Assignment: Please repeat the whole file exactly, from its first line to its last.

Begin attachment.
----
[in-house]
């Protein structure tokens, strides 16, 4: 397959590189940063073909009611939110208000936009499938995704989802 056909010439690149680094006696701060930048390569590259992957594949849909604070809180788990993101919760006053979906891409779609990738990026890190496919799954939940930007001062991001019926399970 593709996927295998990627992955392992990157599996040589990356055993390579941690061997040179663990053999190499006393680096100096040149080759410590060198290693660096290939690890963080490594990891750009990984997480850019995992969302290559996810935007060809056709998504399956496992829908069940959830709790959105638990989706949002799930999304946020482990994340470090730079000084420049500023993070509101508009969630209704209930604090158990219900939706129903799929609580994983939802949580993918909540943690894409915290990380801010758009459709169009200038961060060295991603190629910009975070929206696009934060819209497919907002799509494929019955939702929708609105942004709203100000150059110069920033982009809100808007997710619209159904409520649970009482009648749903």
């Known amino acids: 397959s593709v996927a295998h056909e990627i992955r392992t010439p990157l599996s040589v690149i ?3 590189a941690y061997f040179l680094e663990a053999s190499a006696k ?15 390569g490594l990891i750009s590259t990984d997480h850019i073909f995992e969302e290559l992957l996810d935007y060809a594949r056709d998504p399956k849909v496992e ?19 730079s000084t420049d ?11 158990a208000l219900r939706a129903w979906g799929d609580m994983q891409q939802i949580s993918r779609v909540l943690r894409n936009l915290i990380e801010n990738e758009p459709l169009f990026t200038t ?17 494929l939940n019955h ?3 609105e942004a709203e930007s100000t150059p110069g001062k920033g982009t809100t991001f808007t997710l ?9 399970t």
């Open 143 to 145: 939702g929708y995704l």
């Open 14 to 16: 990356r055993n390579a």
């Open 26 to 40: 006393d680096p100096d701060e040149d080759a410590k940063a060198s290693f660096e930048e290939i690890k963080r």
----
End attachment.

[in-house]
């Protein structure tokens, strides 16, 4: 397959590189940063073909009611939110208000936009499938995704989802 056909010439690149680094006696701060930048390569590259992957594949849909604070809180788990993101919760006053979906891409779609990738990026890190496919799954939940930007001062991001019926399970 593709996927295998990627992955392992990157599996040589990356055993390579941690061997040179663990053999190499006393680096100096040149080759410590060198290693660096290939690890963080490594990891750009990984997480850019995992969302290559996810935007060809056709998504399956496992829908069940959830709790959105638990989706949002799930999304946020482990994340470090730079000084420049500023993070509101508009969630209704209930604090158990219900939706129903799929609580994983939802949580993918909540943690894409915290990380801010758009459709169009200038961060060295991603190629910009975070929206696009934060819209497919907002799509494929019955939702929708609105942004709203100000150059110069920033982009809100808007997710619209159904409520649970009482009648749903």
């Known amino acids: 397959s593709v996927a295998h056909e990627i992955r392992t010439p990157l599996s040589v690149i ?3 590189a941690y061997f040179l680094e663990a053999s190499a006696k ?15 390569g490594l990891i750009s590259t990984d997480h850019i073909f995992e969302e290559l992957l996810d935007y060809a594949r056709d998504p399956k849909v496992e ?19 730079s000084t420049d ?11 158990a208000l219900r939706a129903w979906g799929d609580m994983q891409q939802i949580s993918r779609v909540l943690r894409n936009l915290i990380e801010n990738e758009p459709l169009f990026t200038t ?17 494929l939940n019955h ?3 609105e942004a709203e930007s100000t150059p110069g001062k920033g982009t809100t991001f808007t997710l ?9 399970t």
């Open 143 to 145: 939702g929708y995704l």
């Open 14 to 16: 990356r055993n390579a």
């Open 26 to 40: 006393d680096p100096d701060e040149d080759a410590k940063a060198s290693f660096e930048e290939i690890k963080r």